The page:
Make Your Voice Heard at the Higher Ed Summit 2017!
By: Joanna Iturbe
Howdy! If you haven’t already heard, the Salesforce.org Higher Education Summit 2017 is in Austin, Texas, April 27-29. If you haven’t been to a Summit before, hold on to your horses, because it’s a boot-scootin’ good time full of great sessions and awesome networking opportunities. If you have been to a Summit before, then I’m sure you’re already hooked, like I am.
Even though the Summit isn’t for another three months, the Call for Proposals, to be a session speaker, closes Wednesday, February 8!
What does that mean to you? That means, if you haven’t already submitted one (or more!) proposals, click the link above and make sure your voice is heard at the Summit!
If you need more convincing, read on as I debunk the top 5 reasons I hear people use when they don’t submit proposals:
- 1. I’ve never presented before.
You have to start somewhere, and what better place to start than surrounded by some of the most supportive, collaborative and friendly colleagues this side of the Mississippi? As I have prepared to present at previous conferences, I found great support on the Power of Us Hub and among my co-workers in refining my content as well as getting feedback on the presentation. If you want to ease your way into presenting, you can submit a joint proposal with a colleague from your institution (or another institution!)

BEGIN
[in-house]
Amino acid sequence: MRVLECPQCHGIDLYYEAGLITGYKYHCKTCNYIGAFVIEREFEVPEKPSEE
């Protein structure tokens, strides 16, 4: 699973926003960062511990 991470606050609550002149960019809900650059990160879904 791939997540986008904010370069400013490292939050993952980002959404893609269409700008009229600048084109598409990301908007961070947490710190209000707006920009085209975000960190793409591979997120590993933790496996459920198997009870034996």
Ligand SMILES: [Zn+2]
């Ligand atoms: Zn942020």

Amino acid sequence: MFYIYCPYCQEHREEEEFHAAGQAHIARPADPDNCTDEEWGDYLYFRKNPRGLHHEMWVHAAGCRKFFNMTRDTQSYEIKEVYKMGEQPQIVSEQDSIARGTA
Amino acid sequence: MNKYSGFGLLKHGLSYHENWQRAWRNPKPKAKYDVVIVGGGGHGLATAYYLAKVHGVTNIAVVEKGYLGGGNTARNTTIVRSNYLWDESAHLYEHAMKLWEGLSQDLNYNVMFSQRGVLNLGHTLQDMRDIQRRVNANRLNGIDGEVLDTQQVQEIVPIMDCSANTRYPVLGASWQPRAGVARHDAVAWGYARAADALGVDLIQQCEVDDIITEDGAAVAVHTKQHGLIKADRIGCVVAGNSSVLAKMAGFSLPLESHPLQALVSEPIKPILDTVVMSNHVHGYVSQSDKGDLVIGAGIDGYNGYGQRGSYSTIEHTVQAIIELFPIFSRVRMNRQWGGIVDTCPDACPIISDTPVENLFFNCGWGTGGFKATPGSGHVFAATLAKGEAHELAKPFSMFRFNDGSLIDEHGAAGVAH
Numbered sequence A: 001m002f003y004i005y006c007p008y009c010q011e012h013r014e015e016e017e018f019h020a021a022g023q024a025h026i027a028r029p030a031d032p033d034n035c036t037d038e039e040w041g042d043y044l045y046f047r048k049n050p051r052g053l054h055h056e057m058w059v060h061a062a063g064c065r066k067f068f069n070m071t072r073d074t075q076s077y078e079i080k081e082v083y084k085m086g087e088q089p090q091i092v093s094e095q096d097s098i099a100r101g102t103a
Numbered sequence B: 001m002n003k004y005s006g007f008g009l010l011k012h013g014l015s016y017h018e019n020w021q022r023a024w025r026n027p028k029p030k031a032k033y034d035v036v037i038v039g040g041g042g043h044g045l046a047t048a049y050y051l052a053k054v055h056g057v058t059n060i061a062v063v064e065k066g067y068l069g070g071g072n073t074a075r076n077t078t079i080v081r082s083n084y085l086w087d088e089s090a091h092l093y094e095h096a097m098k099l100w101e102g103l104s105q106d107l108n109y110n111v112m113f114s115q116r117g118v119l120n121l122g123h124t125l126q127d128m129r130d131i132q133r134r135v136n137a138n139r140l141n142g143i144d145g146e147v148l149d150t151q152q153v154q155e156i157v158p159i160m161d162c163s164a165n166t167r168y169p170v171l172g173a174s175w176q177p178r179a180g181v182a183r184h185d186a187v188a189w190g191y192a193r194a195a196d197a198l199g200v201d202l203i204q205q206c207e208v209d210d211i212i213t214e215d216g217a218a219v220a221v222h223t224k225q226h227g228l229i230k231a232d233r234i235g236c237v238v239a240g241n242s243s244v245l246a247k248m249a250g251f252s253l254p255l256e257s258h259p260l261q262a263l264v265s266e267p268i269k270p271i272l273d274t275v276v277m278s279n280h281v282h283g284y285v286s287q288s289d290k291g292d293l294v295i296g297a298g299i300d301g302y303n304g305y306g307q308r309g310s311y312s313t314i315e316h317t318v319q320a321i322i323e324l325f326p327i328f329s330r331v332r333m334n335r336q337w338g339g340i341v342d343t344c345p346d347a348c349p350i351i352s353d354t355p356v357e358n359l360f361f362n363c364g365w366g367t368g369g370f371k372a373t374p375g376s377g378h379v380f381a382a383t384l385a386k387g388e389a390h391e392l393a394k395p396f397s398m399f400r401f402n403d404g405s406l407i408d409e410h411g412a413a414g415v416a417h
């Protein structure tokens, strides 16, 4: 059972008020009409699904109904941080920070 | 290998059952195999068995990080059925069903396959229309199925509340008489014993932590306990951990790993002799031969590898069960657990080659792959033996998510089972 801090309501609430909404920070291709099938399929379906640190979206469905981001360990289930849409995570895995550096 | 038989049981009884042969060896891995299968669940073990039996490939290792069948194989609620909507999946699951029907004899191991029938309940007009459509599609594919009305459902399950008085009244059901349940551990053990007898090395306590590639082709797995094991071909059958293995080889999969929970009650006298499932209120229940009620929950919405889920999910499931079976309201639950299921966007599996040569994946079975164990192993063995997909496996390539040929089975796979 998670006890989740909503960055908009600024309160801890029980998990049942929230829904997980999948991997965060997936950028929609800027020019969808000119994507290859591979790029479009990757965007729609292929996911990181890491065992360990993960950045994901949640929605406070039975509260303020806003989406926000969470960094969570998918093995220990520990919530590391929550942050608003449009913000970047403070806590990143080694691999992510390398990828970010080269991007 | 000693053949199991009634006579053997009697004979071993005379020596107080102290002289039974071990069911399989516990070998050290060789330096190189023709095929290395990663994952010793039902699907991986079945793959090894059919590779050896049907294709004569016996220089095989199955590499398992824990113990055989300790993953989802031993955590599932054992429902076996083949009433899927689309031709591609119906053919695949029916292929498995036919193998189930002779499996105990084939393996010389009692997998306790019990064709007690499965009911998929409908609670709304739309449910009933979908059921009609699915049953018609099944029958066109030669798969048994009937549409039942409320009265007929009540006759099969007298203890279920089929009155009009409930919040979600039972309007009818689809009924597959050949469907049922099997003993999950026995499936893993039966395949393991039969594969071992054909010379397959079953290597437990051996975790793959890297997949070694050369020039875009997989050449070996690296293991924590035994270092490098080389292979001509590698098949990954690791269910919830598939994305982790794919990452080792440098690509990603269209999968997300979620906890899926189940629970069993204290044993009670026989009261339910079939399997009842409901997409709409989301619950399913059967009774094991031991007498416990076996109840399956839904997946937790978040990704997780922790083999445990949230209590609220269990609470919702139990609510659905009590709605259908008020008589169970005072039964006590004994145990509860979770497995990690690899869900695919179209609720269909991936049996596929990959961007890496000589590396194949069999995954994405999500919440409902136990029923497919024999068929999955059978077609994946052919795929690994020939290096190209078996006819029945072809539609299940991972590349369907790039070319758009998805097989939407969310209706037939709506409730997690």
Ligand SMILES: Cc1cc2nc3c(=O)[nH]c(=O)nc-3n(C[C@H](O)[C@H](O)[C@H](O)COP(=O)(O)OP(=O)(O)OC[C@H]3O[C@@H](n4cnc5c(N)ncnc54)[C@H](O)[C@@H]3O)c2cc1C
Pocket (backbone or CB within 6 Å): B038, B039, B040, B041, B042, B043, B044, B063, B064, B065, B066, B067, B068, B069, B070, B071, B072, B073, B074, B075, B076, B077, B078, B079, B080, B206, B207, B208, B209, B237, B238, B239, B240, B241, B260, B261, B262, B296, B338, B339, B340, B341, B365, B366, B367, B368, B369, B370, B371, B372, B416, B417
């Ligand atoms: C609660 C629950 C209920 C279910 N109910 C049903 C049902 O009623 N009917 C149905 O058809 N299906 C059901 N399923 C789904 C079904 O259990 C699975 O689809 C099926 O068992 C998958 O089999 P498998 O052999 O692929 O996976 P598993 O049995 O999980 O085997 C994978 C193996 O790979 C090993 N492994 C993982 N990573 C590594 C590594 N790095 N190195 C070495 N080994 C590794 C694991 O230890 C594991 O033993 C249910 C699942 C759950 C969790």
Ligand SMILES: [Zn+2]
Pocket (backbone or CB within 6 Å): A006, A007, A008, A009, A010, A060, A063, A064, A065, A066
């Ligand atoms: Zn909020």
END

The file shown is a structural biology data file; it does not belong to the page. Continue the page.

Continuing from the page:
2. What if my proposal isn’t any good?
Have you ever heard someone say, “There are no bad questions”? Well, there are no bad proposals. If you have an idea, submit it. What’s the worst that could happen? (Hint: The answer is, it doesn’t get accepted…And, what’s so bad about that?)
3. But, I’m not an expert in the area I’m considering submitting a proposal.
If you have a story to tell, we want to hear it, regardless of your level of expertise. There’s a question in the submission form that asks what the ideal audience is for your presentation, and you can select one of the following: Beginner, Intermediate, Advanced, Dean level and above. Choose according to how you believe your session will be presented. The point is, if you have a session idea, you should take the opportunity to highlight your university, the work you’re doing and yourself!
4. I don’t have the time to put together a proposal.
Rubbish. Have you seen the submission form? All you have to do is answer a few straight-forward questions, paste a brief bio, a 150-word abstract and the three takeaways you hope your session attendees will collect during your presentation. And, voila, your proposal is complete!
5. I don’t know if I’m going to the Summit yet!
This a great opportunity to help you figure it out. If your session is approved then you will have more weight with your higher-ups to get approval to attend, and if it doesn’t get accepted then no harm done, and we still hope to see you there!
In summary, submit early (well, it’s too late to submit early, but better late than never!) and submit often! I look forward to seeing all of y’all at the Summit, and I especially look forward to all of the great sessions I know our community will put together for a hugely successful 5th annual Higher Ed Summit!
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